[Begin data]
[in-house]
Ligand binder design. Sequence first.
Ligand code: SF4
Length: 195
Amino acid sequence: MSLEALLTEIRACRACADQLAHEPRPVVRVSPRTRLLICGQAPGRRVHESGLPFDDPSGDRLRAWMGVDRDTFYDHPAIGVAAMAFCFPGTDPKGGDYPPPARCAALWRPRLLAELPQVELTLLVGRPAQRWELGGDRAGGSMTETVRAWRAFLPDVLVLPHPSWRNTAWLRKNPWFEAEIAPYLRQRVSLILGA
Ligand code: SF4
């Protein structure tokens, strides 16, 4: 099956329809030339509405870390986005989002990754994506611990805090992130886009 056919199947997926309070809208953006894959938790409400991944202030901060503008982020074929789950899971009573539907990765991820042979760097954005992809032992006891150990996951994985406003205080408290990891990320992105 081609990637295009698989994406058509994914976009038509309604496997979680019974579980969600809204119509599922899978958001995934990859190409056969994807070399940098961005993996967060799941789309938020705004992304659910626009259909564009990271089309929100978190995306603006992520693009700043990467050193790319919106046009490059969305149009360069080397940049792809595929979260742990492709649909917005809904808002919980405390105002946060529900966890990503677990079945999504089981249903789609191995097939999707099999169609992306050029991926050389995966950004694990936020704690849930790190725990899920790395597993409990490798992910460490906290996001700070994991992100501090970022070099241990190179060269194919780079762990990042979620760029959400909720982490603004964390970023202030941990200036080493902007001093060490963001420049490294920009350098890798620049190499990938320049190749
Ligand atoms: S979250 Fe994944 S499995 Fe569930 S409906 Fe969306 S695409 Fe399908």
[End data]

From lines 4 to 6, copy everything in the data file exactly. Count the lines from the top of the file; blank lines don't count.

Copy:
Length: 195
Amino acid sequence: MSLEALLTEIRACRACADQLAHEPRPVVRVSPRTRLLICGQAPGRRVHESGLPFDDPSGDRLRAWMGVDRDTFYDHPAIGVAAMAFCFPGTDPKGGDYPPPARCAALWRPRLLAELPQVELTLLVGRPAQRWELGGDRAGGSMTETVRAWRAFLPDVLVLPHPSWRNTAWLRKNPWFEAEIAPYLRQRVSLILGA
Ligand code: SF4